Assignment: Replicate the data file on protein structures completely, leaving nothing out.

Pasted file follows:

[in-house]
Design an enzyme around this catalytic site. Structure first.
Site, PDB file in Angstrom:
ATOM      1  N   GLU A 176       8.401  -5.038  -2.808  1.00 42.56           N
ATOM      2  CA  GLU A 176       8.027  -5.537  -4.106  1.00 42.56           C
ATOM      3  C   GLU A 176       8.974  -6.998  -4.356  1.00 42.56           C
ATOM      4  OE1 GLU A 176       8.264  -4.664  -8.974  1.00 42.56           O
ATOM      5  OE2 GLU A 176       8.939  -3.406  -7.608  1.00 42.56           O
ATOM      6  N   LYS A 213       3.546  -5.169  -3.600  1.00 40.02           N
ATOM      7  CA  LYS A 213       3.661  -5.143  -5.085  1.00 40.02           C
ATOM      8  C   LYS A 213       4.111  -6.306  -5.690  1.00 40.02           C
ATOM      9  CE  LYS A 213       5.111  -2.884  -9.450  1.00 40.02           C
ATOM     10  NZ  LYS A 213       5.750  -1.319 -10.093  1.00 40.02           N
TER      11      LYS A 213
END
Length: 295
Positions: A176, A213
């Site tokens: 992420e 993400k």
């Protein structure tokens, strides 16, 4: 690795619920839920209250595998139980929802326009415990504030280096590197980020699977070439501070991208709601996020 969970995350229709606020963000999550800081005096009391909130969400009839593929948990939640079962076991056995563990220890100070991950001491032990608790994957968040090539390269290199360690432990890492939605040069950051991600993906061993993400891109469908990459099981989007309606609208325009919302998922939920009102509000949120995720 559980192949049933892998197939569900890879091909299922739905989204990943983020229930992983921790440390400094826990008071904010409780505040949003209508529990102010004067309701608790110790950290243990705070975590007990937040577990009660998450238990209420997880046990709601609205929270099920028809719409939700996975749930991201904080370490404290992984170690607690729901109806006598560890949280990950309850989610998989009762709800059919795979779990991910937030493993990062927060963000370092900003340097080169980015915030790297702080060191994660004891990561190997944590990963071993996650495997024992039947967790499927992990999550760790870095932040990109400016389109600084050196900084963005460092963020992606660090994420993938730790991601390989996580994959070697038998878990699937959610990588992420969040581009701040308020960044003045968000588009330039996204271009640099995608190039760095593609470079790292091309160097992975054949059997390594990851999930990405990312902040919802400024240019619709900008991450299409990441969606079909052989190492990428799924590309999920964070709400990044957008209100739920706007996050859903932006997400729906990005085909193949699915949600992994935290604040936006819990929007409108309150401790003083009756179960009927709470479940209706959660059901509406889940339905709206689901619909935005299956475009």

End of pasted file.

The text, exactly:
[in-house]
Design an enzyme around this catalytic site. Structure first.
Site, PDB file in Angstrom:
ATOM      1  N   GLU A 176       8.401  -5.038  -2.808  1.00 42.56           N
ATOM      2  CA  GLU A 176       8.027  -5.537  -4.106  1.00 42.56           C
ATOM      3  C   GLU A 176       8.974  -6.998  -4.356  1.00 42.56           C
ATOM      4  OE1 GLU A 176       8.264  -4.664  -8.974  1.00 42.56           O
ATOM      5  OE2 GLU A 176       8.939  -3.406  -7.608  1.00 42.56           O
ATOM      6  N   LYS A 213       3.546  -5.169  -3.600  1.00 40.02           N
ATOM      7  CA  LYS A 213       3.661  -5.143  -5.085  1.00 40.02           C
ATOM      8  C   LYS A 213       4.111  -6.306  -5.690  1.00 40.02           C
ATOM      9  CE  LYS A 213       5.111  -2.884  -9.450  1.00 40.02           C
ATOM     10  NZ  LYS A 213       5.750  -1.319 -10.093  1.00 40.02           N
TER      11      LYS A 213
END
Length: 295
Positions: A176, A213
């Site tokens: 992420e 993400k």
């Protein structure tokens, strides 16, 4: 690795619920839920209250595998139980929802326009415990504030280096590197980020699977070439501070991208709601996020 969970995350229709606020963000999550800081005096009391909130969400009839593929948990939640079962076991056995563990220890100070991950001491032990608790994957968040090539390269290199360690432990890492939605040069950051991600993906061993993400891109469908990459099981989007309606609208325009919302998922939920009102509000949120995720 559980192949049933892998197939569900890879091909299922739905989204990943983020229930992983921790440390400094826990008071904010409780505040949003209508529990102010004067309701608790110790950290243990705070975590007990937040577990009660998450238990209420997880046990709601609205929270099920028809719409939700996975749930991201904080370490404290992984170690607690729901109806006598560890949280990950309850989610998989009762709800059919795979779990991910937030493993990062927060963000370092900003340097080169980015915030790297702080060191994660004891990561190997944590990963071993996650495997024992039947967790499927992990999550760790870095932040990109400016389109600084050196900084963005460092963020992606660090994420993938730790991601390989996580994959070697038998878990699937959610990588992420969040581009701040308020960044003045968000588009330039996204271009640099995608190039760095593609470079790292091309160097992975054949059997390594990851999930990405990312902040919802400024240019619709900008991450299409990441969606079909052989190492990428799924590309999920964070709400990044957008209100739920706007996050859903932006997400729906990005085909193949699915949600992994935290604040936006819990929007409108309150401790003083009756179960009927709470479940209706959660059901509406889940339905709206689901619909935005299956475009």